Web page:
Well, so the training I was singing praises about is finally over. Yesterday was our last session. And yes, I am sad. My Wednesdays will not be the same. Being in a room full of opinionated, intelligent, strong, passionate and yet extremely compassionate women, would leave anyone a richer and smarter person. I did a lot of foot-in-mouth stupidities, and yet I never felt judged. I go on the phone for the first time tomorrow, so I need all the good wishes and blessings I can get. But that is not what this post is about. This is about something that was discussed, at the end of the session yesterday, and left me wanting to say a lot, and more importantly once again brought to the fore my thoughts on the topic of feminism.
It was a five minute, self evaluation on how we felt at the end of the training, and it was then that I realised, that like a lot of other things in life, I had, through this training come to a full circle around my opinions and views on feminism. As a child growing up, I felt very strongly against the inequality between men and women or rather girls and boys as I saw it at that age. I saw it everywhere, in families who were part of the educated, moneyed middle-class of society, the stinking rich, the poor, it happened everywhere. When I look back now, I find it a bit surprising, that I was so infuriated by the situation, especially considering the fact, that being an only child, I did not have to deal with any such issue in my own life. But like most issues that are related to inequality and discrimination of any kind, I was passionate about it. But things changed.
The past few years, the term feminism, had me looking at it cynically. I had seen just way too many women, use it as a ruse to act selfishly. Rich women, with loving families, who don't want to do their part, women who use it as an excuse to reap the benefits and shy away from the duties. Feminism is not about getting the upper hand in every marital discord, or not breast feeding, or making sure that a woman does not take care of her children just because the father is not doing so(because he was at work), or yes, claiming she does not need to cook, because her husband does not... may I add here, that she does not do anything else concretely either. Yes, I have met and heard of women like that. I have heard about the huge fuss being made about continuing with her maiden surname after marriage, by women who actually do continue with it anyways. And while I agree, that it should be a woman's free-will, what name or surname she wants to use, at whichever point of time in her life, it just takes away from the real issues a feminist is fighting for, issues that determine the course of a woman's life. I think such women in the name of feminism, take away from what feminism is all about, they completely dilute the severity of the true cause. No I am not supporting women, who think they have the right to drink till they throw up, in the name of feminism, or women who think they should have many casual sexual encounters because men do, in the name of feminism, or women who say they are feminists and can hence sneer upon others who are more traditional in their outlook or lifestyle. And that being the case, I had become quite disillusioned about feminism.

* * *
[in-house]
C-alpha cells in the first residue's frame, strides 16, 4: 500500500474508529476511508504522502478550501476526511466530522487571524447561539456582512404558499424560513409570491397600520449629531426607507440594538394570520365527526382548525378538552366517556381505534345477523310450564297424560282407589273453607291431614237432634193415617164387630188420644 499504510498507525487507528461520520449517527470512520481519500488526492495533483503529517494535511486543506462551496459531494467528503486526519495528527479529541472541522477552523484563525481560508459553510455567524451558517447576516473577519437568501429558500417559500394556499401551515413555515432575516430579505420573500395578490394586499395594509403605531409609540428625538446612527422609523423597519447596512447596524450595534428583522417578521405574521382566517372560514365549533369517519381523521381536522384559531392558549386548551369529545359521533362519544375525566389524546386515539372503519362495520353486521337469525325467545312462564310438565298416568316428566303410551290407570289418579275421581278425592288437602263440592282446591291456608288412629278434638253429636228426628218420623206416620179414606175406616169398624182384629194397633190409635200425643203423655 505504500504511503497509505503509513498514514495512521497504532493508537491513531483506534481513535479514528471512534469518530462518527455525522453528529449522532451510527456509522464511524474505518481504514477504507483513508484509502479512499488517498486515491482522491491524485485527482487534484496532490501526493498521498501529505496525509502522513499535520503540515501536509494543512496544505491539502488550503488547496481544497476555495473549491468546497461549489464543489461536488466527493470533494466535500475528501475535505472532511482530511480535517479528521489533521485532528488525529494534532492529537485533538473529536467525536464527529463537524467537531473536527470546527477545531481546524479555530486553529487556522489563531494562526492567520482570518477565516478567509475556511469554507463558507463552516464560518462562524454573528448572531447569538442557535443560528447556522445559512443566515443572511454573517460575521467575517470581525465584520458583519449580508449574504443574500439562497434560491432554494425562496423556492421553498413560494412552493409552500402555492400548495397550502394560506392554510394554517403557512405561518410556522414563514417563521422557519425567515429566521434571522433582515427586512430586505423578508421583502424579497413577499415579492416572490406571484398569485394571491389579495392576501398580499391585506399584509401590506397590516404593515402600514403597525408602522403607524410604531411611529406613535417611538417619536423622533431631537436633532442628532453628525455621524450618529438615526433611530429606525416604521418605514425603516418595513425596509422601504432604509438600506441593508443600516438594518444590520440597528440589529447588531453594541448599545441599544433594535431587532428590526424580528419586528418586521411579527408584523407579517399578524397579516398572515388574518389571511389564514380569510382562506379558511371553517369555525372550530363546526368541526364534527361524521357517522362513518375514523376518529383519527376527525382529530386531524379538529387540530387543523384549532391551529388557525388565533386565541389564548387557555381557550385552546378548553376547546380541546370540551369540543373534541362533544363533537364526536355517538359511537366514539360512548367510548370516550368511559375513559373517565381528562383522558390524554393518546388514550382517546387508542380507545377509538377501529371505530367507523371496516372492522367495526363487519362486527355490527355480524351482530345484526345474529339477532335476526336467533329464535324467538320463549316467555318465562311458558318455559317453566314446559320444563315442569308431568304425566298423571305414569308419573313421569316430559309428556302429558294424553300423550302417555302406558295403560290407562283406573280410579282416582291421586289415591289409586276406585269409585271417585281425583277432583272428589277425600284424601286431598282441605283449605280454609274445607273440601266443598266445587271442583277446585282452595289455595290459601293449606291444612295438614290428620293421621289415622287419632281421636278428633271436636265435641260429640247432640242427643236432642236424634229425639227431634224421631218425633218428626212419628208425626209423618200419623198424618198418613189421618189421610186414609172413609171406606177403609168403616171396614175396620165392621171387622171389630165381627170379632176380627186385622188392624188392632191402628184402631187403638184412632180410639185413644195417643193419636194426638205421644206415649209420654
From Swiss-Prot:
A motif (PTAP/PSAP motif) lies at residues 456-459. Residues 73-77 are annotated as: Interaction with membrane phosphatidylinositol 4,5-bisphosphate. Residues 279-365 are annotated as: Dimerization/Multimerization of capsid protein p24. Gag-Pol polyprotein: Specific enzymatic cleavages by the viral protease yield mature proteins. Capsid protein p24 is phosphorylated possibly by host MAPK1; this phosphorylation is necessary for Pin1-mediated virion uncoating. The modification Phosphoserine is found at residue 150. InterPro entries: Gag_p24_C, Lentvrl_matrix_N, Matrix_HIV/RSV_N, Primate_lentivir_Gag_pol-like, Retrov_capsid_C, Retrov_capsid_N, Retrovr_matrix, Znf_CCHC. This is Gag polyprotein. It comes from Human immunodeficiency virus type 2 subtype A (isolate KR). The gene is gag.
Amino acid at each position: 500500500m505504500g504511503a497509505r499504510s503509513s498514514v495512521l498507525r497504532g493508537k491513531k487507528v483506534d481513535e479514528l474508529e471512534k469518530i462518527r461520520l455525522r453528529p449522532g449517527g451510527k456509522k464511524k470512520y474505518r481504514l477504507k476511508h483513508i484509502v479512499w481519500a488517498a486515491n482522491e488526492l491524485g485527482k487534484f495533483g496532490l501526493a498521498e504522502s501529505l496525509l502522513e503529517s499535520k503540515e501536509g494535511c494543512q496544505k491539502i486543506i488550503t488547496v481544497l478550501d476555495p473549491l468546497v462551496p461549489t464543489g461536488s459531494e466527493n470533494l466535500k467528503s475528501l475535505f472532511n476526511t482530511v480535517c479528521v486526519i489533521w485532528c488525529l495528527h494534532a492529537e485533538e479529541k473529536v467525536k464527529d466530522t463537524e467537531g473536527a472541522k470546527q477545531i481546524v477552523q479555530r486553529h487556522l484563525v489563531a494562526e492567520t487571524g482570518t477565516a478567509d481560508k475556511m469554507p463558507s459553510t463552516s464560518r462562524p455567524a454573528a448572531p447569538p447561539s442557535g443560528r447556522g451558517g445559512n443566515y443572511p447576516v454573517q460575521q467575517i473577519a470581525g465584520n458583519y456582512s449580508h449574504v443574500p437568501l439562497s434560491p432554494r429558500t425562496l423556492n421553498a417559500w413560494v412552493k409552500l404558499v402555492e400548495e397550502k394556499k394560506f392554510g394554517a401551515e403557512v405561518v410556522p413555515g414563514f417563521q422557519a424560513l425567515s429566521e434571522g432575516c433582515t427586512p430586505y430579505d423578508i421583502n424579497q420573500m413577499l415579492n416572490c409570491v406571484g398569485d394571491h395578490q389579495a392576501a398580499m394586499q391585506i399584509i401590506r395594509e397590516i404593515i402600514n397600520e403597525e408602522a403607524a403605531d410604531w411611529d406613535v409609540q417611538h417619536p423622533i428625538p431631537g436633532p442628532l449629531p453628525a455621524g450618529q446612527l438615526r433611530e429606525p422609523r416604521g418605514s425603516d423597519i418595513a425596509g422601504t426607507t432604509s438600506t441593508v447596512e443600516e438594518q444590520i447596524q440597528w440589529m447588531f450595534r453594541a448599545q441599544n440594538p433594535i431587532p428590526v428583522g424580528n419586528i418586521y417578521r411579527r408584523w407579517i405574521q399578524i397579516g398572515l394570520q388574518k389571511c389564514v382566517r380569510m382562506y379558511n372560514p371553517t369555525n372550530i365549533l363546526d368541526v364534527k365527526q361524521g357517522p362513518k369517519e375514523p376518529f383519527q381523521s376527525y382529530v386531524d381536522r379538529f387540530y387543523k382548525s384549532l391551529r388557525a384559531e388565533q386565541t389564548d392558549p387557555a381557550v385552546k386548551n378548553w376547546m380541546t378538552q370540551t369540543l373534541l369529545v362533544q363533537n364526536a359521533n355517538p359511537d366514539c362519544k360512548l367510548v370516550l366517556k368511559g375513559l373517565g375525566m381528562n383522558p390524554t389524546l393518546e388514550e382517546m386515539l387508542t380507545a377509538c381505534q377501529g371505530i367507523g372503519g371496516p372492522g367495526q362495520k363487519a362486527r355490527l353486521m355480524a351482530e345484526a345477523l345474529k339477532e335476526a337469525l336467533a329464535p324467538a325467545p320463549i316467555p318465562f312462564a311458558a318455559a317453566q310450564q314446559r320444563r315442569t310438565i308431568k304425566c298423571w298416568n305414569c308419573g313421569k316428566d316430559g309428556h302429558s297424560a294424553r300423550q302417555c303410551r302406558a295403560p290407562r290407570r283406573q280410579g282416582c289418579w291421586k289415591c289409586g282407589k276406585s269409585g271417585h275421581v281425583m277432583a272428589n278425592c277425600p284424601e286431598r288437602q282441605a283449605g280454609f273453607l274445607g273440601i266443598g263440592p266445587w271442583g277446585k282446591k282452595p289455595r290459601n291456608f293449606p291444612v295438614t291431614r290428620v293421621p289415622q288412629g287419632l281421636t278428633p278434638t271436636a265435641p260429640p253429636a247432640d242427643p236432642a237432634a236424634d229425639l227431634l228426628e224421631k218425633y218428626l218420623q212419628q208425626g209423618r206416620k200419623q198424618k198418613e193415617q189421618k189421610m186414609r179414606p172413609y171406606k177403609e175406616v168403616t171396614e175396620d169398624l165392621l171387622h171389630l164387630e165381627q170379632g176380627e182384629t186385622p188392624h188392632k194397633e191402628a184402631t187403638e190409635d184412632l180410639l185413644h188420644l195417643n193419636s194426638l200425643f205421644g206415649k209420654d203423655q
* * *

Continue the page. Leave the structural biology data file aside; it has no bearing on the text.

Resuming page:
And then I joined this organisation which is openly feminist in its views. Initially, I was not sure, how I would fit in, based on my the existing view of feminism and feminists. But then things changed. As I learnt and discussed, about the real issues facing women, violence, lack of rights, stereotyping, lack of options and choices, being controlled and dominated, being left alone with children and without any money to fend for themselves, I left more than one training session, enraged, angry and disturbed. And in the process found once again my true passion for feminist causes and issues. Being a mother now, just sensitises me more. And I found the gap between the true feminist, and the pseudo-feminist.
A feminist is a person(yes it could be a man too), who in actuality is bothered by discrimination or inequality of any kind, and is particularly sensitive to the issues, faced by women, because they are women, whether in her personal life or professional. That is how I define the feminist. A feminist would feel equally for a friend who is a victim of domestic violence, as she would for the poor homeless one, because she does not discriminate based of social or financial status of a person. She would feel for the boy, of a rich business family, who is taken out of school to work in the family business, while his sisters go on to college and more, just as much for the girl, who is taken out of school, to earn some to contribute to the family income, while her brother is allowed to do as he pleases. But yes, the feminist, would fight a bit harder for the girl, because she is after all a feminist. A feminist does not say all men are d*$#, but she is strong enough to stand up against any man(or woman) who takes away from any woman's basic human rights. And so, yes, that is me a re-born feminist. And believe me, I will fight any woman who tries to dilute the true issues, and problems facing women, with their fluff about the right to smoke.
*sigh* I feel liberated! And this was so important to get off my chest, that well past mid-night, I am up typing this, because I had to say it. Cheers to all the feminists of the world.